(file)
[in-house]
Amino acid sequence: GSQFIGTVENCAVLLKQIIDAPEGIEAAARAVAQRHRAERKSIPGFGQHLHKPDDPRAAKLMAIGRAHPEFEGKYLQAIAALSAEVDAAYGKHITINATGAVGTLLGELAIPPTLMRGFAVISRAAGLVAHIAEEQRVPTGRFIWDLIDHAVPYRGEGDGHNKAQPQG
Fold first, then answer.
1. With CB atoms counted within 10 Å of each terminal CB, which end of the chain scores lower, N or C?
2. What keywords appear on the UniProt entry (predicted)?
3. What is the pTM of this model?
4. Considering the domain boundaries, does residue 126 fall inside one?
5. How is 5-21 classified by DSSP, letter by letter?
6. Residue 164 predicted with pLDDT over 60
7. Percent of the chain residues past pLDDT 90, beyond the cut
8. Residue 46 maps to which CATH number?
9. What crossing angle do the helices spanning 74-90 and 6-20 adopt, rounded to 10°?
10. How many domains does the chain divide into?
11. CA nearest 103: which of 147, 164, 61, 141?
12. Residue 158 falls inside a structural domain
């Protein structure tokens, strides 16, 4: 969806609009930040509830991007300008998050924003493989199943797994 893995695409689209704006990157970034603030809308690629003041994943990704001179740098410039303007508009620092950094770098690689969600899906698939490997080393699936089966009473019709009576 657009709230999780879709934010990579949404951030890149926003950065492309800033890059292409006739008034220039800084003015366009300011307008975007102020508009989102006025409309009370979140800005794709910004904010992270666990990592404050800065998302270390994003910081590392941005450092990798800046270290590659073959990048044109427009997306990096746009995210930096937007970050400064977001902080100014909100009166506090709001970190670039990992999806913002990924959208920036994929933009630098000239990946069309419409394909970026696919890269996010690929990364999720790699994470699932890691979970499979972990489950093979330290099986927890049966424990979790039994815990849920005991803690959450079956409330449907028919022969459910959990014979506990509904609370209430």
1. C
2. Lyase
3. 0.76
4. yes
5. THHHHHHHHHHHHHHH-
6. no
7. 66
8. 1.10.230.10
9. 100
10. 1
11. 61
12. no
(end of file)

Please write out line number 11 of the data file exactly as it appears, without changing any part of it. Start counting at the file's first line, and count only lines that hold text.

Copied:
8. Residue 46 maps to which CATH number?